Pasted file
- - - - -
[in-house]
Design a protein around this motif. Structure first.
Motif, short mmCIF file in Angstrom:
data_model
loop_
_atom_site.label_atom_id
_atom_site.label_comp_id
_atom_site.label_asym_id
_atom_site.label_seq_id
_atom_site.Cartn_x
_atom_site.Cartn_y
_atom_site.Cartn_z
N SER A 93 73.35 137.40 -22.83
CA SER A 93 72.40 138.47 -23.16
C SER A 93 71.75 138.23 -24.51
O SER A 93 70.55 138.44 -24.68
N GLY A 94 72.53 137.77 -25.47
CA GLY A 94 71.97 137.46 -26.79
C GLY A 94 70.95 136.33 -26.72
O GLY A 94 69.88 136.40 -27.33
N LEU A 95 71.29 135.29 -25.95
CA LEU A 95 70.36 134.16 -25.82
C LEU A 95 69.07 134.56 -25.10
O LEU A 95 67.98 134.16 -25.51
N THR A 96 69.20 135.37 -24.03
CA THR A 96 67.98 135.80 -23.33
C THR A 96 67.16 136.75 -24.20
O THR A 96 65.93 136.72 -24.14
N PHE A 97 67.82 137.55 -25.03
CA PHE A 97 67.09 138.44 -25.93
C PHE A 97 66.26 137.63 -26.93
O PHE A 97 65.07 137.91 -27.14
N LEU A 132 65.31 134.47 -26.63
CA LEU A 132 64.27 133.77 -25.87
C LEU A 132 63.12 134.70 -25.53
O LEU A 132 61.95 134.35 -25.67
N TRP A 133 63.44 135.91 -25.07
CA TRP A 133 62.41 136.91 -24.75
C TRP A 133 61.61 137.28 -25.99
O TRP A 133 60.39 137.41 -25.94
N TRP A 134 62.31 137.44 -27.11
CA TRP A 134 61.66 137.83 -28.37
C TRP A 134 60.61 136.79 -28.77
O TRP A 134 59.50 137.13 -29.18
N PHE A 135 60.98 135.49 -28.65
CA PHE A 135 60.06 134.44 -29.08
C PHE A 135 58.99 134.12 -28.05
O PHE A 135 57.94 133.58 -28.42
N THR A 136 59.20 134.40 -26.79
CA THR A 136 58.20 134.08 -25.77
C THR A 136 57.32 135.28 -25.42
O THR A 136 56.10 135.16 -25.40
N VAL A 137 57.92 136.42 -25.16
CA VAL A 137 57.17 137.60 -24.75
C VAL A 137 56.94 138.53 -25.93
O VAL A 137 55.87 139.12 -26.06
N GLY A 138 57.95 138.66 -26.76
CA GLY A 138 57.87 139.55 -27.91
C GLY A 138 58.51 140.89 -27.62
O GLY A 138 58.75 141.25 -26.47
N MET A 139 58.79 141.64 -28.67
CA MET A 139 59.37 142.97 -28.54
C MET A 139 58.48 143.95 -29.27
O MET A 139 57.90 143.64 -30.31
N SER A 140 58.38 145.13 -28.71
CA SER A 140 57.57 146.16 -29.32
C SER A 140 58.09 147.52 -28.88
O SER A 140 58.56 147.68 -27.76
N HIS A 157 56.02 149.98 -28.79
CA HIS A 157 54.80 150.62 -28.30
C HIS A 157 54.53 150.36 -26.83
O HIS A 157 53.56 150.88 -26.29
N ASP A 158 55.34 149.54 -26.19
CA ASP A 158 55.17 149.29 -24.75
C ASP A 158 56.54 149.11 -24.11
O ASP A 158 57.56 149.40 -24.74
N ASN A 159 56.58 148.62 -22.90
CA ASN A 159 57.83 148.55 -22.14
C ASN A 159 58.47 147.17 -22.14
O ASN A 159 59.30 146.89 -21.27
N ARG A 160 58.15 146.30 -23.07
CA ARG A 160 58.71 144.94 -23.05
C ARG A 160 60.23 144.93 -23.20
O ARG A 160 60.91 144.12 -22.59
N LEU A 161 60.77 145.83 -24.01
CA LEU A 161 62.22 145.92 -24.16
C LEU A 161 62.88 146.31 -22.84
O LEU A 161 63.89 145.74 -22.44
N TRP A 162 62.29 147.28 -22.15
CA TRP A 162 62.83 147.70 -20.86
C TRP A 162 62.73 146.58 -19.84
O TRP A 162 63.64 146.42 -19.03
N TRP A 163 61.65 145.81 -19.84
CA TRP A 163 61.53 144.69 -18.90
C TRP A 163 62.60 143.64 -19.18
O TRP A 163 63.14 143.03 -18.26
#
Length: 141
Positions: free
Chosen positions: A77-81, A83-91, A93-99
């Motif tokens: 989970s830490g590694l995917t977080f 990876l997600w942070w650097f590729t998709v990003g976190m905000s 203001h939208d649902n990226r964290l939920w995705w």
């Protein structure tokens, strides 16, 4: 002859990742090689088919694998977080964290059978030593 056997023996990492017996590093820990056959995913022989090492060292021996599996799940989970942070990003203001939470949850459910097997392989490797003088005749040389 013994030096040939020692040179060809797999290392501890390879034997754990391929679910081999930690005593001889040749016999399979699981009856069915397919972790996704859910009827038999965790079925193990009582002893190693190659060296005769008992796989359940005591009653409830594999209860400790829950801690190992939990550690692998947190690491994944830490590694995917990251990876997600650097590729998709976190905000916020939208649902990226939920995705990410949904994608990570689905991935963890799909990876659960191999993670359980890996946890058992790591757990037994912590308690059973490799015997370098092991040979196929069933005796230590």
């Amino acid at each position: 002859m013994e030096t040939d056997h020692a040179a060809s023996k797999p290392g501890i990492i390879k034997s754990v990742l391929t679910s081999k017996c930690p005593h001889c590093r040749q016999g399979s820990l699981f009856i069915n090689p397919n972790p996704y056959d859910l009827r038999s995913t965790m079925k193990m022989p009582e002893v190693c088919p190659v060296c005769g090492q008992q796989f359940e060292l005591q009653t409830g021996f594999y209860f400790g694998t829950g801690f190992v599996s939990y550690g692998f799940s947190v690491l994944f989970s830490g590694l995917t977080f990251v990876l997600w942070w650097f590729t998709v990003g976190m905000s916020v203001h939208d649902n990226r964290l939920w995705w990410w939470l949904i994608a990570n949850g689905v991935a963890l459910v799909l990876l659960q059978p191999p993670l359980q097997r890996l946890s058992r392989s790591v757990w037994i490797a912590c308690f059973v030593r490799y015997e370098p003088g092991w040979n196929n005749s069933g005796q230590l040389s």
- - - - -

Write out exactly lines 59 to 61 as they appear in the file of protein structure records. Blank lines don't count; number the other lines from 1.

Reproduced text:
C GLY A 138 58.51 140.89 -27.62
O GLY A 138 58.75 141.25 -26.47
N MET A 139 58.79 141.64 -28.67